I haven’t downloaded the app yet but how are the cast involved? Is there voice acting? Or video cut scenes? Or just images? Now I’m extra excited!!!
Lizzie Bennet Diaries started with just Lizzie’s channel and then grew to span across several different media platforms - Twitter, Lookbook, multiple YouTube channels. How much of that was planned in advance? Or did you and the team decide to add in more platforms based on the show’s impact and the community’s participation?
Do you think you’ll release a video series on a different video platform than YouTube, ever? Perhaps the new Instagram TV thing? What’re your thoughts on that, by the way?
How was writing a story for an app different from a usual script? did you have a writer’s room? How did you organize it?
I understand that the development of an app is quite expensive, depending of course on the degree of complexity. How have you faced the budget of your web series projects with the additional costs of developing the app? Or your team has people trained to develop one and lower costs?
Hi @meena. First I want everyone to understand that these two goals are near completely opposite paths of where you take your webseries. Practically mutually exclusive. The outlier examples are basically lottery tickets.
TO TV! - Today TV execs are all looking for fresh voices, and new ideas. So you got to make something so fresh and unique that just the concept they can see as a TV show. Now you’re at the mercy of the network’s mandate AND everyone who works there’s individual taste, but that’s the best short answer I can give you. I mean Socio is the best personal example I can give you. - That concept is, biasedly, pretty buzzy. Now we did a pretty good job on our presentation materials, but we didn’t have to make the full series to sell to MTV.
Ok this is the complete opposite of the above. To me this is about building a long runway of content for as cheap as possible to hopefully grow an audience or fanbase to sustain your series.
Lizzie Bennet Diaries is the best example I’ve done of this. When we launched that show, we had already committed our own financing for 24 episodes. At 2 episodes a week, that’s a 12 week runway to build an audience and to hit sustainability. Lucky for us, after like week 6 (approx) we saw the numbers and we saw that we had built enough of an audience to go right into week 13 -24. Now let’s be clear, LBD was quite the awesome anomaly. The idea of building enough audience WITHOUT taking a break, that’s crazy. I do not suggest anyone plan for that.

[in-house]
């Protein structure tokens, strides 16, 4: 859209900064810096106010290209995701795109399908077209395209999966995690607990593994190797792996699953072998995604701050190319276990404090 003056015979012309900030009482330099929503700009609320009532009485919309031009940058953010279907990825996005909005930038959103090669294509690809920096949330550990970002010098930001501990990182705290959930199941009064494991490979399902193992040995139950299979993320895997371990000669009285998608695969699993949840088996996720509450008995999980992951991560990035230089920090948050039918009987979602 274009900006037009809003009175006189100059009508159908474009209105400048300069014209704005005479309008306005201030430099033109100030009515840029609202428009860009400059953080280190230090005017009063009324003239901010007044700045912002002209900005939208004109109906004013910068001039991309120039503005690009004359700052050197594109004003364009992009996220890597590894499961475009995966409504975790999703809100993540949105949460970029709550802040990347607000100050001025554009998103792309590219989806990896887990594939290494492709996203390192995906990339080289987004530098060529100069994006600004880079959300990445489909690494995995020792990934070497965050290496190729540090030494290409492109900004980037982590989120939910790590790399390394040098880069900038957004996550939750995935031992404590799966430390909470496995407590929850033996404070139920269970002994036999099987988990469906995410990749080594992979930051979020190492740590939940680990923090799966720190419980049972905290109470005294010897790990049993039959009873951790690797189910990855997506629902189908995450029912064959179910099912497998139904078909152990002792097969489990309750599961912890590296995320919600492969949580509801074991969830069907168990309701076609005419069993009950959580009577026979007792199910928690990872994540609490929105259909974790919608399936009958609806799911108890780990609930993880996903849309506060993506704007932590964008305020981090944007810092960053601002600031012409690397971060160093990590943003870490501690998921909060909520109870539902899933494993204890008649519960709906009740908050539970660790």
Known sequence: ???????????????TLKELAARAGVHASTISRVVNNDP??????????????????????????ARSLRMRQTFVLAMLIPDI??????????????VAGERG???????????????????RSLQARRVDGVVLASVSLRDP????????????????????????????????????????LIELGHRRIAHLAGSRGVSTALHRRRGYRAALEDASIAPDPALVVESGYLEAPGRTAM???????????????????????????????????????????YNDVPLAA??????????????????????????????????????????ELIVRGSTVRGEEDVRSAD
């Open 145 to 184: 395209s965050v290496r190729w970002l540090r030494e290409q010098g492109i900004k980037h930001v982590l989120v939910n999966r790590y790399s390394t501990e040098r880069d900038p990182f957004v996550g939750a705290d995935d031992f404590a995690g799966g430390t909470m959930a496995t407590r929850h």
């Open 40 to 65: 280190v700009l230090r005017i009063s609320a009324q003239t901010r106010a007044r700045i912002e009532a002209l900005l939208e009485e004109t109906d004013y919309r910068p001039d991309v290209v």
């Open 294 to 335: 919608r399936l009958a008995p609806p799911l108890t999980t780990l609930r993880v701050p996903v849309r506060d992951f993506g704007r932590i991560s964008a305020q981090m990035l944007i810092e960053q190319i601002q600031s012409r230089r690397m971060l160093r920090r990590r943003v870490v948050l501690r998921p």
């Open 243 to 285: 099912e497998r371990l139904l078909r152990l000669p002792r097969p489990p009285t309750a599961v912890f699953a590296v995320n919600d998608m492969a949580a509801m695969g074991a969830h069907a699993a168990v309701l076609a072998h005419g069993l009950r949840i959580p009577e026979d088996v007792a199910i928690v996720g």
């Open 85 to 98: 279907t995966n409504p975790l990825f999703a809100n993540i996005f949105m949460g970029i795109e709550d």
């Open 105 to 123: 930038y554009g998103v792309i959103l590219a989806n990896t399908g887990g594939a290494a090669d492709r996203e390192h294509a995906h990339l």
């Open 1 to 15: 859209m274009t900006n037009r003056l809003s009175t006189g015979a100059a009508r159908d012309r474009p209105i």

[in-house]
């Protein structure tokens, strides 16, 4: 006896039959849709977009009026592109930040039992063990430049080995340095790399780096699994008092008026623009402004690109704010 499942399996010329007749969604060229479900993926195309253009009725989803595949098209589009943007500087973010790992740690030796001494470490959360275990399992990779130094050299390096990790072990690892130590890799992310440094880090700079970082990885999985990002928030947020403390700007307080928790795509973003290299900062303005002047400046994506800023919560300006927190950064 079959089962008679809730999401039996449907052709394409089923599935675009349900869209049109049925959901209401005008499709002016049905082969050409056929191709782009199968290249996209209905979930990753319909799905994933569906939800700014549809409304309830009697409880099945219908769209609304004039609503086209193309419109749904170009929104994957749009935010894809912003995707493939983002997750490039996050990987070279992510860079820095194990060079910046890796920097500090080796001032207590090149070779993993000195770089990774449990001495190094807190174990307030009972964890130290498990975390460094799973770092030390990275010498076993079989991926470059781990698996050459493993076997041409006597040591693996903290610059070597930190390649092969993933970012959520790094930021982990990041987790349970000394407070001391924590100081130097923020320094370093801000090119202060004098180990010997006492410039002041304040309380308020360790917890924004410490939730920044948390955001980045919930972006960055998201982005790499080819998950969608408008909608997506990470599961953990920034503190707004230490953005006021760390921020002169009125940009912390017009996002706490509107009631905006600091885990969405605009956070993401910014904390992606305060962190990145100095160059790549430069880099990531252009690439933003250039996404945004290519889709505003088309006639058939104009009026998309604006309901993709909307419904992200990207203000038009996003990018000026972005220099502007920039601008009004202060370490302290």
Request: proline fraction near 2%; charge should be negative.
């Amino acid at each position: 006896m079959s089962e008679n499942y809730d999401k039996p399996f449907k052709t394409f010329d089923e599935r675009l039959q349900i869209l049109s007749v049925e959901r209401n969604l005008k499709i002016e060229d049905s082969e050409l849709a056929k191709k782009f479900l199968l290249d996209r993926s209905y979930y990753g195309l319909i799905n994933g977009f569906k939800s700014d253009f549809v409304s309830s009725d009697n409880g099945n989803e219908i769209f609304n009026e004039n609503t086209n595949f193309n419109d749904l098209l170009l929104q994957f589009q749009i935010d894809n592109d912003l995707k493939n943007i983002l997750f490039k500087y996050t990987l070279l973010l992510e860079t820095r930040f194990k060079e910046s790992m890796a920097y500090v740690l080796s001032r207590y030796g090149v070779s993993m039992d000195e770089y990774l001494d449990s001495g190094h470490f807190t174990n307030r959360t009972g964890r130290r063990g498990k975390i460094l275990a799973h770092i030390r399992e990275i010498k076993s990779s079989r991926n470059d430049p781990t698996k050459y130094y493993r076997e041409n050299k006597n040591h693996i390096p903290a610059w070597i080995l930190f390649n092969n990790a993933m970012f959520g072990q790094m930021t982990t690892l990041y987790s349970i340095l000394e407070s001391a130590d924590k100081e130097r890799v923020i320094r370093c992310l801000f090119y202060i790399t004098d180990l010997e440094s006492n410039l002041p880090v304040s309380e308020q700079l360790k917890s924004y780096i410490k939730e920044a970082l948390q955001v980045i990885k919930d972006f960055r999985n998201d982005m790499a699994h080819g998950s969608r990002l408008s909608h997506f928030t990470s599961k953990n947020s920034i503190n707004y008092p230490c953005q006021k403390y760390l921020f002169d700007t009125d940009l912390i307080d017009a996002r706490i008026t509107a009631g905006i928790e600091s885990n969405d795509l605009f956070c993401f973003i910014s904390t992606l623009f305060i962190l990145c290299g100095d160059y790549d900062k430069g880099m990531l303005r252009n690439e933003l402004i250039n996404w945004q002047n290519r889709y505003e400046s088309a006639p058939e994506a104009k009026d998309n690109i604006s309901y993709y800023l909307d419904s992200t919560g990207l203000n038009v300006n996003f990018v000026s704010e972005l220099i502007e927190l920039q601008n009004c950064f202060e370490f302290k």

The more realistic version of this is, is after the 12 week run, or close to the end, you reassess and go “oh this is working” we’ve earned enough to make more OR, now we can crowdfund, OR now we can approach brands with our awesome audience OR some other way to raise money.
Obviously you had some help from Hank Green, but can you talk about how you went about doing that audience building? Specific tactics or strategies that worked best for you with the highest ROI that also didn’t make you lose your mind or sleep?
Though there are very few web sites that cover indie web series (and I write for one of them), are there any publications that creators should at least try to reach out to for coverage? Does it depend on the genre or target audience?
Because it made the most sense fitting both stories. Where Emma is in her business AND where other couple is at the start of that story… it was a lot of synergy. -
I’m kinda knocking myself as to why I didn’t think of that connection sooner, but hey here we go!
Have you watched any other literary web series? If so, what are some of your favorites?
Hmm… Augmented Reality. (NOT VR, little interest in VR)
Why no VR? Also in this circumstance what do you consider Augmented Reality?
This version is all text and minimal photos. But don’t be surprised if there’s an update in the next few weeks that includes cut scenes with the actors. But this is a literal v1 version of the app. Technically a soft launch, so it’s admittedly buggy and inconsistent. But I am fully confident it’ll get better, richer, and more vibrant as we go. The great thing about this format is that we can adjust it and make it better.
Btw, when AVM mentioned about promoting the soft launch, I said… our audience doesn’t do soft launch… when it’s out … It’s OUT! They’re ALL GONNA KNOW! - I think it took like 20 minutes after launch for a screenshot of the client couple to hit social media.
A few Qs that might have gotten lost in the crazy shuffle!
26 minutes to be exact
They’re all different! - But… it all starts with the question “how would we tell this version of the story” and then “what’s the world we put them in”
Lizzie is post college
Emma is a entrepreneur
Frankenstein is a medical student.
We do the outlines next … (pretty traditional… linear narrative) and then we weave the Transmedia in.
Linear narrative still comes first in our world. Not saying that won’t change… but that is what it’s been.
thanks for lookin’ out as always bri!
While audience participation is a huge part of all of your web series, do you also think that it causes a bit of suspention of disbelief? (not sure if that is the right phrase). How did you go about ignoring audience comments that would have messed with the story timeline? For example, when everyone commented on Lizzie’s videos that Lydia was with George - but Lizzie does not see the comments or realize what is happening until much later.
Hi Bernie- big fan!!! Do you think there’s still unique stories to explore in the vlog format? What do you think has to be done in a vlog series to really stand out after LBD and the five years chock full of similarly-formatted shows?